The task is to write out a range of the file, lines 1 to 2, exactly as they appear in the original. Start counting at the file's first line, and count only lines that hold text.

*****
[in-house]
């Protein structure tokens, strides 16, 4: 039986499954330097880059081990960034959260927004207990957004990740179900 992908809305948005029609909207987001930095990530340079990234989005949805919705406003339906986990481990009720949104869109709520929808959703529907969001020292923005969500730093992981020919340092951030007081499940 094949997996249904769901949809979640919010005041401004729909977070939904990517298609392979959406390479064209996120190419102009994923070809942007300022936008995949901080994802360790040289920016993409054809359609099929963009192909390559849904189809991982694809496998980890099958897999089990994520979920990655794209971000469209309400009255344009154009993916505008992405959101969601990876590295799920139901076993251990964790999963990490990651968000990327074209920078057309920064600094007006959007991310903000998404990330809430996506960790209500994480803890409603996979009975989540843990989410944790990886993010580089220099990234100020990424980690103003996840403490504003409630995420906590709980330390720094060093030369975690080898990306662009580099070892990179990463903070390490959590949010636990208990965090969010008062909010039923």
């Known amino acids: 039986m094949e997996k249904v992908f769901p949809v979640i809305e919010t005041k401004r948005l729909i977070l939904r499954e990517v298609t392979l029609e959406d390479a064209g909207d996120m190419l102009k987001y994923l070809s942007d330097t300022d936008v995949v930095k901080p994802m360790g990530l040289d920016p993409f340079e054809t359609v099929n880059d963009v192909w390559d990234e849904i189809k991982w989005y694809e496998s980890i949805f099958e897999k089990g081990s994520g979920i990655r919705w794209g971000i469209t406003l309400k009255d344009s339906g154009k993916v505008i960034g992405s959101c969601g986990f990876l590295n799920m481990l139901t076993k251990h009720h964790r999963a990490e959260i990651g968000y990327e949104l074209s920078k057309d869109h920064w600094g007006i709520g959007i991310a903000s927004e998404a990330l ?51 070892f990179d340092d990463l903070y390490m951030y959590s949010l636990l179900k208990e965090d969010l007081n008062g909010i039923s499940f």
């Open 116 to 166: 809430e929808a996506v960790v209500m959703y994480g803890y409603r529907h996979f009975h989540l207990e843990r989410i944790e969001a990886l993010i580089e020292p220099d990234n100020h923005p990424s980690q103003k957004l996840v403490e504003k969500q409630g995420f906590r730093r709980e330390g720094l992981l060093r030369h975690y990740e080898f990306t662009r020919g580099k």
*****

[in-house]
């Protein structure tokens, strides 16, 4: 039986499954330097880059081990960034959260927004207990957004990740179900 992908809305948005029609909207987001930095990530340079990234989005949805919705406003339906986990481990009720949104869109709520929808959703529907969001020292923005969500730093992981020919340092951030007081499940 094949997996249904769901949809979640919010005041401004729909977070939904990517298609392979959406390479064209996120190419102009994923070809942007300022936008995949901080994802360790040289920016993409054809359609099929963009192909390559849904189809991982694809496998980890099958897999089990994520979920990655794209971000469209309400009255344009154009993916505008992405959101969601990876590295799920139901076993251990964790999963990490990651968000990327074209920078057309920064600094007006959007991310903000998404990330809430996506960790209500994480803890409603996979009975989540843990989410944790990886993010580089220099990234100020990424980690103003996840403490504003409630995420906590709980330390720094060093030369975690080898990306662009580099070892990179990463903070390490959590949010636990208990965090969010008062909010039923």